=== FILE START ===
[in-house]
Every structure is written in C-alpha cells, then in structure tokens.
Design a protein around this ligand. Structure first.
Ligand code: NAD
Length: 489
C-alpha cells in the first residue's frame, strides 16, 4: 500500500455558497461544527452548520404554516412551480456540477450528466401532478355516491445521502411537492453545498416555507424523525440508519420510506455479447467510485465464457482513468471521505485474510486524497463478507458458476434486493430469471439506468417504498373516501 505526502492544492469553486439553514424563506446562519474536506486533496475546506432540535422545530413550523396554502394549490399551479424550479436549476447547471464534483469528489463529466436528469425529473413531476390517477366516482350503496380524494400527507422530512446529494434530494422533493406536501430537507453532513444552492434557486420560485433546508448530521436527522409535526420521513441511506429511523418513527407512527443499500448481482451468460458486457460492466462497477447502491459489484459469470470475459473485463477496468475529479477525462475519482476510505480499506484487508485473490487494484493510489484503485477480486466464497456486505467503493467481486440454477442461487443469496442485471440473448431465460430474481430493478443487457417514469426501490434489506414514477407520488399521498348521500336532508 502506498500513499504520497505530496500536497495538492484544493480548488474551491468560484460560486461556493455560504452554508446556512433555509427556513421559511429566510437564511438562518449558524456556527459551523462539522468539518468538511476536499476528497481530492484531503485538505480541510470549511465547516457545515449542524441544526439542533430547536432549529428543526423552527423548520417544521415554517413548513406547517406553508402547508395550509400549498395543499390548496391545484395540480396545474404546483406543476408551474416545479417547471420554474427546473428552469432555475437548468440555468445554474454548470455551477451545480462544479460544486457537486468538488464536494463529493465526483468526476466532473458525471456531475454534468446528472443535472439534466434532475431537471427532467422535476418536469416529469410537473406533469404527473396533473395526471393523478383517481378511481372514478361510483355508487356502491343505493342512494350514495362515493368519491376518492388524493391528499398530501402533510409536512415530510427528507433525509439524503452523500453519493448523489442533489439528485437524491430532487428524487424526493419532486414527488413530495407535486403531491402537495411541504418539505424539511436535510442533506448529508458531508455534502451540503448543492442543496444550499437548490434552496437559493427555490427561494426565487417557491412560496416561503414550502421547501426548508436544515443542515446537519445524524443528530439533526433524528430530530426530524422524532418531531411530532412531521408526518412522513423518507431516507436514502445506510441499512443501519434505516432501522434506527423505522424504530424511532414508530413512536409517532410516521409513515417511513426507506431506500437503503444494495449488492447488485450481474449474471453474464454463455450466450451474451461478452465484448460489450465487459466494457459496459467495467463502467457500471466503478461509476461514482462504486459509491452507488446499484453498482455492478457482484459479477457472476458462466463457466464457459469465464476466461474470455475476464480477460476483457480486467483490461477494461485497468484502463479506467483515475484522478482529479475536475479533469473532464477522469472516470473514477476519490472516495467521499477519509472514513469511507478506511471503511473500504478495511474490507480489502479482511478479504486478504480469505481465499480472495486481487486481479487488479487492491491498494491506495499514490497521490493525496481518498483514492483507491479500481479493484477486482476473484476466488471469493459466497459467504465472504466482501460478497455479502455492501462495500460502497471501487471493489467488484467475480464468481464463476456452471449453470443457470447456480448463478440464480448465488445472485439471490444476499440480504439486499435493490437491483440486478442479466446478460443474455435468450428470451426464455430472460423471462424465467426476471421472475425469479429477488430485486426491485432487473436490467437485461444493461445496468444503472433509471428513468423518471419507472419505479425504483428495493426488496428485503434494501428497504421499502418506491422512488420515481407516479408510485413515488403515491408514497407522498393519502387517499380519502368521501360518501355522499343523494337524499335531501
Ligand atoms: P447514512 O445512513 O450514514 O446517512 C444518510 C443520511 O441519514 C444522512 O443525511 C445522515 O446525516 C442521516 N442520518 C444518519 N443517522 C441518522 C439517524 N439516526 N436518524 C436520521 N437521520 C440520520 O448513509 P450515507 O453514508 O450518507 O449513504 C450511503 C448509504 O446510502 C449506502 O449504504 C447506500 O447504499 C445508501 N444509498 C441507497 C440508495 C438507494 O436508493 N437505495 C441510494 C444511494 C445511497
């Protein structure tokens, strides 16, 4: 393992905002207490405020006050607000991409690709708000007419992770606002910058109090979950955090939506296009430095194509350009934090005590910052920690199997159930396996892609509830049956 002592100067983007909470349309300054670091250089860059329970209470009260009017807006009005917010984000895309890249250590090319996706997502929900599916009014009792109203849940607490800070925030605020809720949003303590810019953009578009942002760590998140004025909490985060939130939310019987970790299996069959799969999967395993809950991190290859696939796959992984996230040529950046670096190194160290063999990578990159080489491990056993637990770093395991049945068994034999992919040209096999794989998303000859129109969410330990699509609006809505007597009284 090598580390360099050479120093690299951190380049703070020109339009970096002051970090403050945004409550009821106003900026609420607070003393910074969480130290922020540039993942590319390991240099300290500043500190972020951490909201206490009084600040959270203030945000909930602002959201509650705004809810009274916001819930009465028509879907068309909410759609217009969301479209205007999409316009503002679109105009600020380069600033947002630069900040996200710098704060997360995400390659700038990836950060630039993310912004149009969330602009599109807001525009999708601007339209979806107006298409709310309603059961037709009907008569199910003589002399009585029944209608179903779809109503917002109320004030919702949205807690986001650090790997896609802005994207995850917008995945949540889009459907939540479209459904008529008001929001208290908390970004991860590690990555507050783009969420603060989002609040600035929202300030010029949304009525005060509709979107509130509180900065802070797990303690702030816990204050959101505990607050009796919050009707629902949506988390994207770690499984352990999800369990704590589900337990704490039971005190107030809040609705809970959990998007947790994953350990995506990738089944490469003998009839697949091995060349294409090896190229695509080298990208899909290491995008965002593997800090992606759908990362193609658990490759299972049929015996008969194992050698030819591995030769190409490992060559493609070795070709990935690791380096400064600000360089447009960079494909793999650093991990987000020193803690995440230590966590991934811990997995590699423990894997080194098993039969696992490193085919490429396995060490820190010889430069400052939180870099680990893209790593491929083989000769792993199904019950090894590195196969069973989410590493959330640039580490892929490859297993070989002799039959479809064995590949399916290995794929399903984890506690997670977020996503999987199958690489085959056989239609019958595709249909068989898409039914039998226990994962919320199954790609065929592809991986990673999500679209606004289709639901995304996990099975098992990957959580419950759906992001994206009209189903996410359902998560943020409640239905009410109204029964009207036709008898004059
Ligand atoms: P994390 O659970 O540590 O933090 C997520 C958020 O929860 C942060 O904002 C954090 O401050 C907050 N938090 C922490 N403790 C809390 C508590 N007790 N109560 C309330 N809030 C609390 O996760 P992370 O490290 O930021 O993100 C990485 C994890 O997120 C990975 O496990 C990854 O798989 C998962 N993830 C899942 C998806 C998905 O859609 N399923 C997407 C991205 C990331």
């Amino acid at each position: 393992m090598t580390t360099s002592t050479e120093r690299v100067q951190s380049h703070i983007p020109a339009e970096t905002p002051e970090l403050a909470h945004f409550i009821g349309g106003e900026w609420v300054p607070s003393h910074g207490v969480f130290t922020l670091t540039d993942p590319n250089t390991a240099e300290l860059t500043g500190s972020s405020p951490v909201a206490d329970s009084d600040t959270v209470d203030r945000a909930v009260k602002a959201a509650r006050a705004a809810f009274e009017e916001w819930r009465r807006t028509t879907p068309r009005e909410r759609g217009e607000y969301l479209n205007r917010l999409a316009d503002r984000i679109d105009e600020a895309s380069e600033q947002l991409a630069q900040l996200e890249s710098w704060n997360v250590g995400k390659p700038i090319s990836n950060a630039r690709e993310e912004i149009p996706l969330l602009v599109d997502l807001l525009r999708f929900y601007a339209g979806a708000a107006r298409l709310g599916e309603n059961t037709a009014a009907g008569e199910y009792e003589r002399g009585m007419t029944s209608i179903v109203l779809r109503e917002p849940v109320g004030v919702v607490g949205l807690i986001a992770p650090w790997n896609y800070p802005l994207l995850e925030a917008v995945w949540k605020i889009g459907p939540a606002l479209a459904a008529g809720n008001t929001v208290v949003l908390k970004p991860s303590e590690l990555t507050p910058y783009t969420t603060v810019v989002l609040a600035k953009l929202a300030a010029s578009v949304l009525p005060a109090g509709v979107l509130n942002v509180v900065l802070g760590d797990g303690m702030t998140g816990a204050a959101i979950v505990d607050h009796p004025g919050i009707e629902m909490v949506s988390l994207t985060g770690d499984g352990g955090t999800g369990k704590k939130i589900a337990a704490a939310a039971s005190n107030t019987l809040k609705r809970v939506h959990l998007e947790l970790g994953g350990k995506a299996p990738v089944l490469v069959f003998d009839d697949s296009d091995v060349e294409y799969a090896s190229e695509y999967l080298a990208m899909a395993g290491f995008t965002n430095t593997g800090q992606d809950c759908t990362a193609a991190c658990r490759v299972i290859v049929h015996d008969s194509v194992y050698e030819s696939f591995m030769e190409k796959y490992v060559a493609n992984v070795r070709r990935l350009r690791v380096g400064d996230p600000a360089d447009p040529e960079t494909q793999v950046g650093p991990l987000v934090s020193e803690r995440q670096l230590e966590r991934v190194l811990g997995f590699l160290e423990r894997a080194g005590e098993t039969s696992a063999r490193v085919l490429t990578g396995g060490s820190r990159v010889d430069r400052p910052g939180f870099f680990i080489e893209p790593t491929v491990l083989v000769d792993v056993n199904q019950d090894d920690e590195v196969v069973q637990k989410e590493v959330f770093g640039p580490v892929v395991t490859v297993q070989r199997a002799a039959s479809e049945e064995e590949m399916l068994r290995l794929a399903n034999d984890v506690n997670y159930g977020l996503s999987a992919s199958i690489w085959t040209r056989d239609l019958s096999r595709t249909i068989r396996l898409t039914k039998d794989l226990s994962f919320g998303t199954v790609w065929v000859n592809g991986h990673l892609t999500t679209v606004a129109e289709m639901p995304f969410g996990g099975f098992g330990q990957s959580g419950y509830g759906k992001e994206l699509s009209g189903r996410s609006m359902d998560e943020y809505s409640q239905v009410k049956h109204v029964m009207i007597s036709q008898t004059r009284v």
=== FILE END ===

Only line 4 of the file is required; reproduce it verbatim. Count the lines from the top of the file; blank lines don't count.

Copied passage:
Ligand code: NAD